First as Tragedy, Then as Farce
What’s in it for me? See how the ideology of capitalism seeps into every aspect of society.
Karl Marx once remarked that, in history, events happen “first as tragedy, then as farce.” Although he was writing in the nineteenth century, we can still see this observation playing out if we look at more recent events.
First, we have a tragic event such as 9/11, followed by a farcical one like the financial crisis of 2007-8. Both events were at least partly borne of the same global system; the first one was truly horrendous, the second almost absurd.
Why does this happen? Why, after tragic events, do we persist with the methods that eventually produce farcical ones? To put it differently, why do we continue with a capitalist system, which over the last decades has led to so many crises?
this article, based on the thinking of influential modern philosopher Slavoj Žižek, try to explain why. They also provide a hint of what could be a better system: communism. Curious about that? Let’s get into it.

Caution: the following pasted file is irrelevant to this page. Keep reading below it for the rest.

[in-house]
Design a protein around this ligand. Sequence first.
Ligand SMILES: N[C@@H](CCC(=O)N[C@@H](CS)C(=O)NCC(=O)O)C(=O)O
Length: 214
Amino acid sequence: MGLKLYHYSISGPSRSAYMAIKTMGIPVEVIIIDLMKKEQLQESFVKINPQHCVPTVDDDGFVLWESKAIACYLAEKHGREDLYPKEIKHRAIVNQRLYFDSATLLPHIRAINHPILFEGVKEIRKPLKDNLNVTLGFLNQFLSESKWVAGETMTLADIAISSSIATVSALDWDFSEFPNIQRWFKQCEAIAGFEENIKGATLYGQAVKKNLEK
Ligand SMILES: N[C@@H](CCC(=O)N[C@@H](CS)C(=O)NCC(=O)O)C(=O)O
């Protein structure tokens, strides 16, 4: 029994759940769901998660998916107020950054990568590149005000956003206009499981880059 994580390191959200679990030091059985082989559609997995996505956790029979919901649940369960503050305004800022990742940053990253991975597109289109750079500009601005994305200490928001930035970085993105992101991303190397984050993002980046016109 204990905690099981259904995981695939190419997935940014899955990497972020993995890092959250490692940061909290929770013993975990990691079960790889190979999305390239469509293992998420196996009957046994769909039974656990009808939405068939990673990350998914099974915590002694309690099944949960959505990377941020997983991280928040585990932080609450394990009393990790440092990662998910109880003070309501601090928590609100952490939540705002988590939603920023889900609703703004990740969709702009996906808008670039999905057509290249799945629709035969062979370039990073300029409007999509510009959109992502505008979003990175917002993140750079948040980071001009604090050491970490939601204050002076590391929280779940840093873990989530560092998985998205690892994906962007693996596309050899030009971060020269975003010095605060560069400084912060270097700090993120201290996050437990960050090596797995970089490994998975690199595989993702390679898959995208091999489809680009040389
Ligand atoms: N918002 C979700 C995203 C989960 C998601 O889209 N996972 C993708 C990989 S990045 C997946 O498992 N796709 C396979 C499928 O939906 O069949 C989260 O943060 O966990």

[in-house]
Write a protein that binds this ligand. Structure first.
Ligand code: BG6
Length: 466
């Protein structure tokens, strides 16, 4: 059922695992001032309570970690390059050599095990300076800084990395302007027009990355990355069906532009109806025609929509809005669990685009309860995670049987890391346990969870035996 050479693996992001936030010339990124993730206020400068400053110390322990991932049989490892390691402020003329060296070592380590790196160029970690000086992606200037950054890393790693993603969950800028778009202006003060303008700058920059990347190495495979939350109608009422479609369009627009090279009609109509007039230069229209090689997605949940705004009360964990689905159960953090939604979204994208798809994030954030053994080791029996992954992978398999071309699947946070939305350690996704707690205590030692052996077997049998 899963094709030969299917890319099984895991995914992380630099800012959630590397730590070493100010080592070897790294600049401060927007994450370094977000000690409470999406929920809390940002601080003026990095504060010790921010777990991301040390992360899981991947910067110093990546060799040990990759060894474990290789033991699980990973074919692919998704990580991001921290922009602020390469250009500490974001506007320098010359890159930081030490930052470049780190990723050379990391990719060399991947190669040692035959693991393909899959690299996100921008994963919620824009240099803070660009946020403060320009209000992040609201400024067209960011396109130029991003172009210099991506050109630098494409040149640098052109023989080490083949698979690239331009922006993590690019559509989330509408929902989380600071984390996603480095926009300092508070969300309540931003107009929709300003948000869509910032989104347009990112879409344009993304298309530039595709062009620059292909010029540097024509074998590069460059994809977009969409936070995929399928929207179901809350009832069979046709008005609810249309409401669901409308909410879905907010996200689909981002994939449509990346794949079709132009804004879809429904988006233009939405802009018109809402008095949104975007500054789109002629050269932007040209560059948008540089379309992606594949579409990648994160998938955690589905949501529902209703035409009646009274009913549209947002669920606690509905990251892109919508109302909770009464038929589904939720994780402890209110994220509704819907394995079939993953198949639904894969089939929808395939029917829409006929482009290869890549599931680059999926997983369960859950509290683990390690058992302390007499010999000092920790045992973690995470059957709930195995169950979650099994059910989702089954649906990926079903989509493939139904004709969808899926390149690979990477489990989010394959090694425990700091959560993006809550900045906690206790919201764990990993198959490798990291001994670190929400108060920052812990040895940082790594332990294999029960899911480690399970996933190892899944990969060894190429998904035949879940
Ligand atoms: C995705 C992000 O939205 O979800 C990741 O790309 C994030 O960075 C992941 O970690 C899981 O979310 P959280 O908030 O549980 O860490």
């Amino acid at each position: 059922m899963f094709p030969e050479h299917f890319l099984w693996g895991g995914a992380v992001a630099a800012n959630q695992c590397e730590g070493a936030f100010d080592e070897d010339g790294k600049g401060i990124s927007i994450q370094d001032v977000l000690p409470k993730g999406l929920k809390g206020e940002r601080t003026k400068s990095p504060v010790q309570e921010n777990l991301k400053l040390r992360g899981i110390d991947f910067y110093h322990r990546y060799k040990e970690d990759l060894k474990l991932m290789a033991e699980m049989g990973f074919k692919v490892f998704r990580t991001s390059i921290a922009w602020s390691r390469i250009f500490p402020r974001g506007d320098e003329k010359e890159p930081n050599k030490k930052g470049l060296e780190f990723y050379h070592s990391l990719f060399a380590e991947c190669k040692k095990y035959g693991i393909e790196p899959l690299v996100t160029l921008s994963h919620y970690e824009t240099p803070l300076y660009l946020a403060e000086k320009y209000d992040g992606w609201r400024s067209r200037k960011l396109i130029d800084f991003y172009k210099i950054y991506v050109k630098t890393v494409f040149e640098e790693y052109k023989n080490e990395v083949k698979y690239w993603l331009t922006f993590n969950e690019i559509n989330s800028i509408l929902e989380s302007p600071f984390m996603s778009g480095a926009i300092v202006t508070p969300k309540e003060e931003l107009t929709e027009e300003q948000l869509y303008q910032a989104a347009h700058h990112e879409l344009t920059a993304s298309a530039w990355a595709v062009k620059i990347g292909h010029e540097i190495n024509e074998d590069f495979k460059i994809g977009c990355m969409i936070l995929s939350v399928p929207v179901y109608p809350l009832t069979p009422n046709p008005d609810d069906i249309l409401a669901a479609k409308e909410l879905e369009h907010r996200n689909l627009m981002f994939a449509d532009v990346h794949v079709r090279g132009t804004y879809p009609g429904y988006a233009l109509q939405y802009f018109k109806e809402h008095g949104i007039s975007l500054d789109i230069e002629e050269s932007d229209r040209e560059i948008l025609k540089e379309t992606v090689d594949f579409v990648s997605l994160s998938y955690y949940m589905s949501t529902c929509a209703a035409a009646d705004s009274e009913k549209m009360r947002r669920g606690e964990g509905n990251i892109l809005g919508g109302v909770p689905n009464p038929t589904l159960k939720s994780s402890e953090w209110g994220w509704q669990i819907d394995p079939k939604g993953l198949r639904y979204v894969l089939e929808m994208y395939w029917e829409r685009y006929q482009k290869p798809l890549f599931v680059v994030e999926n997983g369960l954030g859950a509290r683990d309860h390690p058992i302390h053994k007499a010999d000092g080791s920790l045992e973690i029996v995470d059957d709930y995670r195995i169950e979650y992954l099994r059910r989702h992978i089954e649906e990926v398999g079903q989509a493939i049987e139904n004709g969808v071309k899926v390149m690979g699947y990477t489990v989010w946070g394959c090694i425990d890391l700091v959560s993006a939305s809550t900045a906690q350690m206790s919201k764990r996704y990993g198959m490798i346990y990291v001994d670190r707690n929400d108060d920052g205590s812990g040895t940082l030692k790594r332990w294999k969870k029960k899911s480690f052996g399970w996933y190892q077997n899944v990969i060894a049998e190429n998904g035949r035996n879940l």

In this article, you’ll discover
- why, although you have many permissions, you have very few rights;
- why crises in capitalism actually make it stronger; and
- why communism is nothing like you think it is.
Capitalism isn’t a mechanism, but an ideology that is strengthened by crisis.
People who have grown up under capitalism view it as the perfectly natural evolution of social organization; but they would be wrong.
While capitalism is often presented as a completely neutral method of organization that makes the economic system work like a well-oiled machine, the fact is that capitalism is an ideology – a system of ideas that makes us do what we do.
Too often, capitalism is portrayed in technical terms as something that simply works, and not as something that is imbued with ideas about how the world works.
However, the fact that capitalism can function in any sort of civilization with systems of meaning, such as Buddhism, Christianity or the belief in the welfare state, is proof that capitalism doesn’t just work. These systems of meaning serve as a type of security that people can rely on when their dreams of self-made success – dreams embedded in the capitalist ideology – inevitably crumble, unfulfilled.